For the past three years, I have led three food tours to Chiuchow, Shantou and Chenghai.
We learned how Chiuchow braised geese were prepared after a field trip to a farm, where a famous Chiuchow braised restaurant operated its own poultry.
We also went inside a kitchen to observe how chefs fried Chiuchow sweet taro chips on copper and iron woks.
Crab congee was made from fresh ingredients consisting of crab meat, shrimps, scallops and pork.
As for daa laang — the renowned Chiuchow cuisine — there was an eatery offering over 200 choices of marinated food, seafood, pickled products and cooked dishes for diners to customise their feast.
Although I already had a pretty good idea about food and where to find it, I was afraid the restaurants might have already disappeared — three years is a long time in a country undergoing rapid growth and development.
That was why I went to the cities to update my findings before taking the next tour.
Most of my targets have grown bigger, and fortunately, most of them also have maintained their supreme quality despite achieving greater economies of scale.
Some bosses insist on high-quality work from their staff. They take pictures of the dishes that look “less good” and bring them back to the kitchen.
Most owners of small shops show their dedication by following their own secret recipes.
The only sure thing is rising prices. Before the open door policy in the late 1980s, HK$20 could buy you a sumptuous dinner for two. Nowadays, twenty times as much could buy you only something terrible.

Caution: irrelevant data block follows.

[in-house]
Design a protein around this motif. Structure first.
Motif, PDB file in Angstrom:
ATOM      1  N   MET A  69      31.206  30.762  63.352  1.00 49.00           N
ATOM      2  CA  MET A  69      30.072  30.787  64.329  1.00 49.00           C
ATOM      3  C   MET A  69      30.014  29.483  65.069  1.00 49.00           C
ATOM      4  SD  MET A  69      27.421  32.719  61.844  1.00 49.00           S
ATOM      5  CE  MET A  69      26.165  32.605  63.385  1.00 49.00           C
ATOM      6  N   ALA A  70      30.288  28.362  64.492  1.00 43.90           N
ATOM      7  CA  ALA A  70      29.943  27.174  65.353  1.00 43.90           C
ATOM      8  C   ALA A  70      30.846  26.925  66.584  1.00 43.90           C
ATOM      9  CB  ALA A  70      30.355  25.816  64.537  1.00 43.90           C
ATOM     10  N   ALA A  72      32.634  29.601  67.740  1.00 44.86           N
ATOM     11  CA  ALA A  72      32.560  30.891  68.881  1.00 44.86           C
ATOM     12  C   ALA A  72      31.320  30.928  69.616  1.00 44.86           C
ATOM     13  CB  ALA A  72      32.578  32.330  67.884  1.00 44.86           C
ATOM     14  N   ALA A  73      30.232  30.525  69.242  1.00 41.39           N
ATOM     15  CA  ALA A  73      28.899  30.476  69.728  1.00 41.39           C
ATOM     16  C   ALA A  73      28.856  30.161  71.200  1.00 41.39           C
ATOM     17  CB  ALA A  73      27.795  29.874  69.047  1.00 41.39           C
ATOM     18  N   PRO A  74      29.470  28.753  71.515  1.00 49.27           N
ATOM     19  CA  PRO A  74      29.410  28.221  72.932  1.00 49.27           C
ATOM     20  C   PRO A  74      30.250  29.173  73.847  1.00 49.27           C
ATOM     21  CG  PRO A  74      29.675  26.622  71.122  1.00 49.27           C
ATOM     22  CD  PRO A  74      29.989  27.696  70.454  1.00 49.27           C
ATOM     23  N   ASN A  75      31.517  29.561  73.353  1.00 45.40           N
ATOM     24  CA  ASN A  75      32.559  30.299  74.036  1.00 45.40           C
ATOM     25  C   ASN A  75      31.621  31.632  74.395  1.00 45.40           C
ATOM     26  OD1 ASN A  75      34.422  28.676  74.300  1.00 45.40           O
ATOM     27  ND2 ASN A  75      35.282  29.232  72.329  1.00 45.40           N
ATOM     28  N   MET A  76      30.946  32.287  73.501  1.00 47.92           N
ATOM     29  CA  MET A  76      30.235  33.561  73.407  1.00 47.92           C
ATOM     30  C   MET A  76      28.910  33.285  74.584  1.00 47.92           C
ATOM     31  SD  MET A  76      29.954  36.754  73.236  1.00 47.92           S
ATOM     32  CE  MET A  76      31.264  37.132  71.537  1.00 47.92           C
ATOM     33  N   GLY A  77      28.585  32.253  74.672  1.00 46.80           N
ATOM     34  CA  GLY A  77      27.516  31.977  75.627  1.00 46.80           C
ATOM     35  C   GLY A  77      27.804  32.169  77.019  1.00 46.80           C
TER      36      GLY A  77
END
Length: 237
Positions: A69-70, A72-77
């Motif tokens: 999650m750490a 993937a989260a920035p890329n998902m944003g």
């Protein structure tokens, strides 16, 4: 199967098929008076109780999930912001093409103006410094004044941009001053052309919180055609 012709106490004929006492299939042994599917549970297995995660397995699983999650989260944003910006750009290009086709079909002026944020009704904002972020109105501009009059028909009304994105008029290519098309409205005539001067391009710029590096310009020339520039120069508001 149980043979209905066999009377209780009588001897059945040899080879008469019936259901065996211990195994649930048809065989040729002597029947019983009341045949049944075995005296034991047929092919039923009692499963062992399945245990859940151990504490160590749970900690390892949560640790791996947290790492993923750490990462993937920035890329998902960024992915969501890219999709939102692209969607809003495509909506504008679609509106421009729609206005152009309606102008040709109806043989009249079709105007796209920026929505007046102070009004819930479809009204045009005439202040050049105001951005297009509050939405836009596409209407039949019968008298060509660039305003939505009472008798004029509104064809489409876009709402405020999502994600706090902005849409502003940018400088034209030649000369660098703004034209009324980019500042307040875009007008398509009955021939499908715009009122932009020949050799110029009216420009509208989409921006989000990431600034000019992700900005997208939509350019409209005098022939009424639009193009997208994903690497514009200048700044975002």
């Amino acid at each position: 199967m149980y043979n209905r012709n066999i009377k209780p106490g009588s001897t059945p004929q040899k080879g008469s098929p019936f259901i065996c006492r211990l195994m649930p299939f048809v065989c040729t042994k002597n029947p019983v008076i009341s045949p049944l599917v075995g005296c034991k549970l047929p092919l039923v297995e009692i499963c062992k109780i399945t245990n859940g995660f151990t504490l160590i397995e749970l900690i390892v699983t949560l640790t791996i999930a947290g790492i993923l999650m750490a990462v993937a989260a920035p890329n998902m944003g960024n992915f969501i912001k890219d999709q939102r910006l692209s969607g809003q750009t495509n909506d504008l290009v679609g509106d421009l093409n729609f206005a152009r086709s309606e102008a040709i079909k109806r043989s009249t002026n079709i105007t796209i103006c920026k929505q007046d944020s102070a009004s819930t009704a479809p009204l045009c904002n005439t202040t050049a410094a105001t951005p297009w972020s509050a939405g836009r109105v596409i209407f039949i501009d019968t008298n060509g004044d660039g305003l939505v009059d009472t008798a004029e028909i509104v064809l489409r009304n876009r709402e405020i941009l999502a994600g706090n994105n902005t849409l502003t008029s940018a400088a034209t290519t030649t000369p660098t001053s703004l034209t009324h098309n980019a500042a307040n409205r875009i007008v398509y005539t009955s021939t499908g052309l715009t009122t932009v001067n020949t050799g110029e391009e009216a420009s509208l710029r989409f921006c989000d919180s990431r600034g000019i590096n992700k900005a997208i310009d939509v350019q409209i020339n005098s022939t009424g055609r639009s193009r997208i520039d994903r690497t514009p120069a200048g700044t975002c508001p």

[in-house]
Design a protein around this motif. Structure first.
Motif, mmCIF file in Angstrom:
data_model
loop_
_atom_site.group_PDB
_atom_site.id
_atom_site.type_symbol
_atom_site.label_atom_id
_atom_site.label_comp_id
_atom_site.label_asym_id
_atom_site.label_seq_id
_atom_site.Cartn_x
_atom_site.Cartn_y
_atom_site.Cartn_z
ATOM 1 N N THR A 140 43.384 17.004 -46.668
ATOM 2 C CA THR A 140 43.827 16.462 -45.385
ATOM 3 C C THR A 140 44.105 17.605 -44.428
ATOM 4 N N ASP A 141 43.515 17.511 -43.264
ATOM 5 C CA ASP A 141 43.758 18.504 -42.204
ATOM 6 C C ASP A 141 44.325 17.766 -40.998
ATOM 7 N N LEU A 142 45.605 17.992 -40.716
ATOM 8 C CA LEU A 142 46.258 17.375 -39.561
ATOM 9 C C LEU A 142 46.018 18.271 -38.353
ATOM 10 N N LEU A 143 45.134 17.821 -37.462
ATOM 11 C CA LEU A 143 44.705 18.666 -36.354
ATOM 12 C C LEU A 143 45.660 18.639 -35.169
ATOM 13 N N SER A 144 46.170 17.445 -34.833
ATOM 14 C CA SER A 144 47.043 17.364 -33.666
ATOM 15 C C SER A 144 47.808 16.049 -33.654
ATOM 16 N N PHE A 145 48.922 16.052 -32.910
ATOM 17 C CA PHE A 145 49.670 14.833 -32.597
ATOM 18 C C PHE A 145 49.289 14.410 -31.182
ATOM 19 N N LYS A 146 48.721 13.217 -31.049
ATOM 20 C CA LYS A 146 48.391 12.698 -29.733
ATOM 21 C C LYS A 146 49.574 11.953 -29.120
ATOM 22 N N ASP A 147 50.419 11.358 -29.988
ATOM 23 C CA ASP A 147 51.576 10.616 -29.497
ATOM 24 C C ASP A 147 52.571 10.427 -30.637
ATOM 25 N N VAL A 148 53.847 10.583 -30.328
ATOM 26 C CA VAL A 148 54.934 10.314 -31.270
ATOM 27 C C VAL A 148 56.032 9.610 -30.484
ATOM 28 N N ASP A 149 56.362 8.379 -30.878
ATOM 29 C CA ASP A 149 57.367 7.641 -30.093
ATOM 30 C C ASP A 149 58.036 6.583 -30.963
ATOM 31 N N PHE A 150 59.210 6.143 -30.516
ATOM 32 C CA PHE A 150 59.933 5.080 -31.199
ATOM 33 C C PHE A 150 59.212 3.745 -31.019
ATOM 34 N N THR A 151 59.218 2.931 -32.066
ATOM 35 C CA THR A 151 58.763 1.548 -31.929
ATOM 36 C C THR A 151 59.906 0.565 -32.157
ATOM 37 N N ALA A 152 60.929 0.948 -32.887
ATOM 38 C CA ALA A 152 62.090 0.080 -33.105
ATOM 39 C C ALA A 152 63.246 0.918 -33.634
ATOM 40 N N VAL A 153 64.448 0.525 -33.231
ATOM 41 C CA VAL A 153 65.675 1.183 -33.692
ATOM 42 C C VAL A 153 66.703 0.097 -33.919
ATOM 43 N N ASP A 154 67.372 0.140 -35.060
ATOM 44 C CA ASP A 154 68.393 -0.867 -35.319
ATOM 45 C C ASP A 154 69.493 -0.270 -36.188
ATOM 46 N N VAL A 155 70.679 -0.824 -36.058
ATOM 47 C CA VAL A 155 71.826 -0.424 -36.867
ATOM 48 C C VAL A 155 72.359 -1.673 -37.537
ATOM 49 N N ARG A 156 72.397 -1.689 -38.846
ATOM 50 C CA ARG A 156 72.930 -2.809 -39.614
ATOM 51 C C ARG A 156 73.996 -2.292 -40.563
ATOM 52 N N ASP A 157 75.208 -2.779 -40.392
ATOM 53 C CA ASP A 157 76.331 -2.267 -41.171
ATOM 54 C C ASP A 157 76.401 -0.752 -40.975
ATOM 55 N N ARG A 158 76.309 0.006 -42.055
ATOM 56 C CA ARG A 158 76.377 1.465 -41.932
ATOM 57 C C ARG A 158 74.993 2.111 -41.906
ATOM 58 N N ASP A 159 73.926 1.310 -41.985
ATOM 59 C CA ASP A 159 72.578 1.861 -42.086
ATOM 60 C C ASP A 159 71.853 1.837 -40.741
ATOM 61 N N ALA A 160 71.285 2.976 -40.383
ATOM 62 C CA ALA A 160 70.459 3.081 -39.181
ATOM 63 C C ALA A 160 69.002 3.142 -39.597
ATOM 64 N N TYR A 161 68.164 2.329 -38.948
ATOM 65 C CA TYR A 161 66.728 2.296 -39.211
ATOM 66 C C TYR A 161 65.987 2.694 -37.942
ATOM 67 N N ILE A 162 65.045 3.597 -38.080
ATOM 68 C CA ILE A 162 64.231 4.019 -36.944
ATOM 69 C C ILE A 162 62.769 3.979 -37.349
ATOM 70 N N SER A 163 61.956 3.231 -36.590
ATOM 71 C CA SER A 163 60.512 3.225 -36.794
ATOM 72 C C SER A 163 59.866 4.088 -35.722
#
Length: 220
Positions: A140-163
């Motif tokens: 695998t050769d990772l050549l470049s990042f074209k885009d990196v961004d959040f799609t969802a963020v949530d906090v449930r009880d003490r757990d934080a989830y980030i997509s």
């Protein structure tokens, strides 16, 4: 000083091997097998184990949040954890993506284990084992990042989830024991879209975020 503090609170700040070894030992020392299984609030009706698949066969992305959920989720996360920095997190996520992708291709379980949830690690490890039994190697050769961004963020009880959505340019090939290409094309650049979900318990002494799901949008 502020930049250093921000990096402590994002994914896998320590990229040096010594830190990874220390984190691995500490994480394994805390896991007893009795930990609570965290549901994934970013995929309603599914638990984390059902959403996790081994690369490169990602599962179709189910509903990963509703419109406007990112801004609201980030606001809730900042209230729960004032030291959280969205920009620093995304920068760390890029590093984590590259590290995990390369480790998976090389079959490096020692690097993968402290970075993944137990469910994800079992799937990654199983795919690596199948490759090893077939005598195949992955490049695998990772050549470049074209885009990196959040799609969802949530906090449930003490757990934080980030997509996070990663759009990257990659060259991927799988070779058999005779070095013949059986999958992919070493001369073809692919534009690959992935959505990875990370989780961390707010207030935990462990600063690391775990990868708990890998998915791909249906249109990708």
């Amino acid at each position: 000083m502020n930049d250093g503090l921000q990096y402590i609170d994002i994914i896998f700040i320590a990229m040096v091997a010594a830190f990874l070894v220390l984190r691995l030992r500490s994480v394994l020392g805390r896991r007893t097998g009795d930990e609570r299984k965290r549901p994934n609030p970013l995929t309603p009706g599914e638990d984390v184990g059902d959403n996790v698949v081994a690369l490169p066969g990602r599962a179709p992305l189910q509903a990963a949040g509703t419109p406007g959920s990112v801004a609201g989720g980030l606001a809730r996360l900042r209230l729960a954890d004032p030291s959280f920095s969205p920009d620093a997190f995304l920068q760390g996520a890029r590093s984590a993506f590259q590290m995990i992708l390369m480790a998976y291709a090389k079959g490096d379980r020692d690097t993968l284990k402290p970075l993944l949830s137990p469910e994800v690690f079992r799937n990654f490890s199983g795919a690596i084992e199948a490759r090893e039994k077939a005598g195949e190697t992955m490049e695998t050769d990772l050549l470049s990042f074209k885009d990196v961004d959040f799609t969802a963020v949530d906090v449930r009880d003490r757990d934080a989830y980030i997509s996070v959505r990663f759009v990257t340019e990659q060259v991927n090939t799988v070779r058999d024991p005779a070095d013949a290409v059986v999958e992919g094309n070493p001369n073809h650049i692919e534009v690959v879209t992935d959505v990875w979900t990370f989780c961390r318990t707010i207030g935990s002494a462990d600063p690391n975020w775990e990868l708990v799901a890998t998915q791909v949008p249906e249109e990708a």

Food tasting is not an easy job, especially as it is hard to resist some seasonal dishes that take up your limited stomach space.
This time, it was mini mussels.
The mini mussel harvest occurs in the two or three months of the summer, and the best batch from Raoping comes in August.
Raoping — a county in Chiuchow prefecture near the South China Sea — is noted for mini mussel farming.
I finished the crab congee but I could not help but order a plate of mini mussels.
Each of the shellfish was big with strong umami flavors. It would have been more fantastic if there had been more basil leaves. Of course, I would not waste a single drop of the remaining seafood juice and drink it up.
One dish could hardly satisfy our hunger. My partner, on the way back to the hotel, bought a takeaway of the shellfish from a small shop. Despite the fact that the stir-fried dish would need slightly more “wok hei”, it was already quite a good one.
On the afternoon of the next day, we ordered mini mussels to go with Chiuchow braised goose. We had three plates of it in order to fill our strong appetite.
This article appeared in the Hong Kong Economic Journal on Aug. 16
Translation by John Chui
[Chinese version 中文版]
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